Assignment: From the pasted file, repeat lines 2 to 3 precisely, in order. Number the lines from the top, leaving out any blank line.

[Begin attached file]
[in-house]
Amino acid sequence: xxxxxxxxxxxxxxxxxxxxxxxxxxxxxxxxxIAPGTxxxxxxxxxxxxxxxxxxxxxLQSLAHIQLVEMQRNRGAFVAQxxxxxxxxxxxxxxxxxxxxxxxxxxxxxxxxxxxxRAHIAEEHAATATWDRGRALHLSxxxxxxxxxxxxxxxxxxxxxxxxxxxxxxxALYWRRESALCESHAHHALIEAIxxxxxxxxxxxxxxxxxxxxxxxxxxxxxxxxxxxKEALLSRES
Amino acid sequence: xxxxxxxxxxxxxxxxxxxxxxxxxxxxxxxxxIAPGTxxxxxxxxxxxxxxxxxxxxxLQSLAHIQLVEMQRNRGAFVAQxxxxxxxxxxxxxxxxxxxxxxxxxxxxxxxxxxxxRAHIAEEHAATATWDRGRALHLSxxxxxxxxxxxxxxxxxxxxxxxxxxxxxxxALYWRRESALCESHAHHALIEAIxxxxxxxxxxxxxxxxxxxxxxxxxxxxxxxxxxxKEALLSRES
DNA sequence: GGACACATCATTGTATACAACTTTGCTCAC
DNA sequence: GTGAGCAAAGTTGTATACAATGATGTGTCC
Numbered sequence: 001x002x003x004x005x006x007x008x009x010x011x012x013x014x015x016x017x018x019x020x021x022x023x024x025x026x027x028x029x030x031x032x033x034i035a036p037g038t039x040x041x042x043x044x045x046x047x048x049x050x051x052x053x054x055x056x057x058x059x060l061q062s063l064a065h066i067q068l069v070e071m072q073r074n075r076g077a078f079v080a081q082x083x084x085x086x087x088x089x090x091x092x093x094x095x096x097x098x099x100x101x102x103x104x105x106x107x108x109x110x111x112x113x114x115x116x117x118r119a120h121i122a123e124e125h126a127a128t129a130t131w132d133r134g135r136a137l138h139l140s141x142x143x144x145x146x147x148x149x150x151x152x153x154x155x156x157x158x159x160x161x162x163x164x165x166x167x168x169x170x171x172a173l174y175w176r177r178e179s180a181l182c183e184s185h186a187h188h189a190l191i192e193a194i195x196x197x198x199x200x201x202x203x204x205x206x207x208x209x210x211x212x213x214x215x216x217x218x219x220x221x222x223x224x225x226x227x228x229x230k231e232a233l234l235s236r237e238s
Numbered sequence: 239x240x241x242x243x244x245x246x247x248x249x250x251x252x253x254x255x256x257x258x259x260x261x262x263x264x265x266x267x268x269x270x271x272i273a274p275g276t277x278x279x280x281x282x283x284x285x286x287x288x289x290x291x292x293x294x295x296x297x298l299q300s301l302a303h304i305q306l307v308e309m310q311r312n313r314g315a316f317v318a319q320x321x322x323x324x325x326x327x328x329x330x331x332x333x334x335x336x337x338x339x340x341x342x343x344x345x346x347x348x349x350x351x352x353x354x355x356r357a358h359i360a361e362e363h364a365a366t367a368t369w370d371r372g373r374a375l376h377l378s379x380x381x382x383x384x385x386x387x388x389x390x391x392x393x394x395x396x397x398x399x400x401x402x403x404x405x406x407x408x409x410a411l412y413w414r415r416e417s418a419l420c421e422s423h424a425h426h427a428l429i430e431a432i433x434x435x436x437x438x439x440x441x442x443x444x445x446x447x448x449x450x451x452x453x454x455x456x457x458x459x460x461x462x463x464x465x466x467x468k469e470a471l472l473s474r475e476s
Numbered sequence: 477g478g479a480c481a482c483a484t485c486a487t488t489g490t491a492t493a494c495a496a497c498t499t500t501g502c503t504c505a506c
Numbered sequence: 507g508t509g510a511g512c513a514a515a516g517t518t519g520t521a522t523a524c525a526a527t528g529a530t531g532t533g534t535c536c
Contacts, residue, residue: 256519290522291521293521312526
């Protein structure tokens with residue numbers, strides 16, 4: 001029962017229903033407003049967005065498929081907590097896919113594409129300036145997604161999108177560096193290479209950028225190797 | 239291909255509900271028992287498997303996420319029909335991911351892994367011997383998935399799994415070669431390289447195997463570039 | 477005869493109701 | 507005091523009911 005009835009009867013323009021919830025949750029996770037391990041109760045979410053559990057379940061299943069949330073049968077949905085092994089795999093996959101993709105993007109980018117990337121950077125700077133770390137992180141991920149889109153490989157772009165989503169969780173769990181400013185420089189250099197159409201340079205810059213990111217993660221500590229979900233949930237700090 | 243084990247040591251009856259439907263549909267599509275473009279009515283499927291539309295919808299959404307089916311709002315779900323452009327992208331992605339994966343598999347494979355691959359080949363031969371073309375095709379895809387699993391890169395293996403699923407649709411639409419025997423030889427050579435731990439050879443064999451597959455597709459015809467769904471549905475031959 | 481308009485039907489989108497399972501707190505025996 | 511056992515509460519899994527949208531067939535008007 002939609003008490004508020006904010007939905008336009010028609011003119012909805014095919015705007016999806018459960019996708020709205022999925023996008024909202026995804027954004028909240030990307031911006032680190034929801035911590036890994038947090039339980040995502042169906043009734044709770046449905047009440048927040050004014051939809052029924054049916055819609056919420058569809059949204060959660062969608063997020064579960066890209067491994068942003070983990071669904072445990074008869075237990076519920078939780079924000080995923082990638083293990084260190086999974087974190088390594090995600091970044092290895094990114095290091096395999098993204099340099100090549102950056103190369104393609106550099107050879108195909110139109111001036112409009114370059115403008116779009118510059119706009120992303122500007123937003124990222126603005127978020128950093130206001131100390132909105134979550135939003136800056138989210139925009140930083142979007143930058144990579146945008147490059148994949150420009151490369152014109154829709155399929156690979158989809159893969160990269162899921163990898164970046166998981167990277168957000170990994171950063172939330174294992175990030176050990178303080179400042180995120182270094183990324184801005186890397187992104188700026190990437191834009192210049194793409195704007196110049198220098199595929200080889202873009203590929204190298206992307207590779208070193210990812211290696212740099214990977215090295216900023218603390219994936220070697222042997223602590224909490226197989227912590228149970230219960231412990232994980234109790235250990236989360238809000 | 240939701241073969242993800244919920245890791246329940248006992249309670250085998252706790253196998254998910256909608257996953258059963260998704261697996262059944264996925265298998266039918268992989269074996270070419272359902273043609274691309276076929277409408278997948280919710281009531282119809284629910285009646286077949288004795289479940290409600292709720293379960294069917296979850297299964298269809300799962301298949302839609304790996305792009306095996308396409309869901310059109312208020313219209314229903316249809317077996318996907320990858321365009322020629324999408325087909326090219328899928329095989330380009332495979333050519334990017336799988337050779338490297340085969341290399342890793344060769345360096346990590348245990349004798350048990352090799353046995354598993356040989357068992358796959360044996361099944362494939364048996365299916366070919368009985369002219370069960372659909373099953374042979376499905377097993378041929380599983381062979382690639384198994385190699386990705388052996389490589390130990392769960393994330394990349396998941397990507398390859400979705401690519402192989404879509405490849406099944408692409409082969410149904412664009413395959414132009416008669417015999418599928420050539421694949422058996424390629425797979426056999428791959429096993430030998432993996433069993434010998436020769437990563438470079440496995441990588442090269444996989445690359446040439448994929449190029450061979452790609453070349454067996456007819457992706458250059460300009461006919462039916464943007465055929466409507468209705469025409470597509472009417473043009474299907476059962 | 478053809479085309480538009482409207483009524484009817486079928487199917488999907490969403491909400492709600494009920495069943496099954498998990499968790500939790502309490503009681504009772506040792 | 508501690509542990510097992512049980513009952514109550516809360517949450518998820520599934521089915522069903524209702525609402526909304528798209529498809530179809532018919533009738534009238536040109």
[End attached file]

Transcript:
Amino acid sequence: xxxxxxxxxxxxxxxxxxxxxxxxxxxxxxxxxIAPGTxxxxxxxxxxxxxxxxxxxxxLQSLAHIQLVEMQRNRGAFVAQxxxxxxxxxxxxxxxxxxxxxxxxxxxxxxxxxxxxRAHIAEEHAATATWDRGRALHLSxxxxxxxxxxxxxxxxxxxxxxxxxxxxxxxALYWRRESALCESHAHHALIEAIxxxxxxxxxxxxxxxxxxxxxxxxxxxxxxxxxxxKEALLSRES
Amino acid sequence: xxxxxxxxxxxxxxxxxxxxxxxxxxxxxxxxxIAPGTxxxxxxxxxxxxxxxxxxxxxLQSLAHIQLVEMQRNRGAFVAQxxxxxxxxxxxxxxxxxxxxxxxxxxxxxxxxxxxxRAHIAEEHAATATWDRGRALHLSxxxxxxxxxxxxxxxxxxxxxxxxxxxxxxxALYWRRESALCESHAHHALIEAIxxxxxxxxxxxxxxxxxxxxxxxxxxxxxxxxxxxKEALLSRES